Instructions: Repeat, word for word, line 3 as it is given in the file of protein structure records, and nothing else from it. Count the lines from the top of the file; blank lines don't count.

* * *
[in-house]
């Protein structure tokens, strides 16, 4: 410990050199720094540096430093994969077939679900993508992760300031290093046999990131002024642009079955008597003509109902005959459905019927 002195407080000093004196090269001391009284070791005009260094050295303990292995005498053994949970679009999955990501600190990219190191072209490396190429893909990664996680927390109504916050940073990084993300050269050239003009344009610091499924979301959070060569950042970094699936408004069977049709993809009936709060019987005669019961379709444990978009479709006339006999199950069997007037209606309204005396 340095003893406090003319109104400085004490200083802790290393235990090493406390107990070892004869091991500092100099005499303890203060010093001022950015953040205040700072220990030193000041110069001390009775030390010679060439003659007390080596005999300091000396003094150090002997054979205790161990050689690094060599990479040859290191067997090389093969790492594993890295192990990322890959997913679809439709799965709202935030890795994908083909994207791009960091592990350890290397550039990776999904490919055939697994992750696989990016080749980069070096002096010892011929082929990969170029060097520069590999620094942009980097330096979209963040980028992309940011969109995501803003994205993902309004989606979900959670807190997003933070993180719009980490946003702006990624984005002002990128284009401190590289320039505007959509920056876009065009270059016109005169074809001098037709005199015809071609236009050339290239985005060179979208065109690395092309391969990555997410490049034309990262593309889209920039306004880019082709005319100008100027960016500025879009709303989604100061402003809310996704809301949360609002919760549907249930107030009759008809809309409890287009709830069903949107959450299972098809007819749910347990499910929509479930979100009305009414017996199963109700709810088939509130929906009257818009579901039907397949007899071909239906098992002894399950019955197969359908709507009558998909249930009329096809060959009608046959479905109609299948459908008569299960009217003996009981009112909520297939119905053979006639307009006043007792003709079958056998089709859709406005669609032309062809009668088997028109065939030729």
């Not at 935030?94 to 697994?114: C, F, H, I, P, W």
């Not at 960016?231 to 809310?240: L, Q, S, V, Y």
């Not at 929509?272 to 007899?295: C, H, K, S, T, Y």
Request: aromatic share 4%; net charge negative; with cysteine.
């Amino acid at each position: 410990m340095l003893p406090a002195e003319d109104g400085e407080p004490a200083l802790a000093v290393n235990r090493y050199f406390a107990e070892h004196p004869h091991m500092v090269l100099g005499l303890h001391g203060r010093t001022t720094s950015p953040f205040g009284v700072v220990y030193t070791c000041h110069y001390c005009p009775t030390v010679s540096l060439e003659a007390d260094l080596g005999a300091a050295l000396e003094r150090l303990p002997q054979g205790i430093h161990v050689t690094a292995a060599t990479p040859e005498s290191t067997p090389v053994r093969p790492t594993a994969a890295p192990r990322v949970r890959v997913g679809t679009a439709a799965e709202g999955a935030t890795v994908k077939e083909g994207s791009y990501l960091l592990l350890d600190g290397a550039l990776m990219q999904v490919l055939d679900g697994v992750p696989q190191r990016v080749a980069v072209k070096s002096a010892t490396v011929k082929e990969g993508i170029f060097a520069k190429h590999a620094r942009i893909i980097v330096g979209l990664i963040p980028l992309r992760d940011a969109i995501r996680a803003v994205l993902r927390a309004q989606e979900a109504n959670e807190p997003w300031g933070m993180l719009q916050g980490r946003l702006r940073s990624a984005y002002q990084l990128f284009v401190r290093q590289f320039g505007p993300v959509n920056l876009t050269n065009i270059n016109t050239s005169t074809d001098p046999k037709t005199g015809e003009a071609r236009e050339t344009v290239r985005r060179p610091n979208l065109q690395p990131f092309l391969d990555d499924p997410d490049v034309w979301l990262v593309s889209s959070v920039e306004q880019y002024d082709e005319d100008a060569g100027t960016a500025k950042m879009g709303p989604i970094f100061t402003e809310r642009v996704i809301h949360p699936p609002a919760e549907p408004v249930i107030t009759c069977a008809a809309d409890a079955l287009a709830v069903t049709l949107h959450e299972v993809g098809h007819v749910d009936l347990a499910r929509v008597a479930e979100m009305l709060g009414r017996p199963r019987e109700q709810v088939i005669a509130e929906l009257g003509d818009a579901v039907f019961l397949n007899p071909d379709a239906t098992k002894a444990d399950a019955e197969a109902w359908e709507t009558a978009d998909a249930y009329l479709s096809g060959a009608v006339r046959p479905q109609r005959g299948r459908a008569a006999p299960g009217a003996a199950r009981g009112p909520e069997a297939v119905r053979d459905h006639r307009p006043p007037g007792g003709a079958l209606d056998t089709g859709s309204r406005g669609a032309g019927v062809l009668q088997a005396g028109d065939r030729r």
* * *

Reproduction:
């Not at 935030?94 to 697994?114: C, F, H, I, P, W």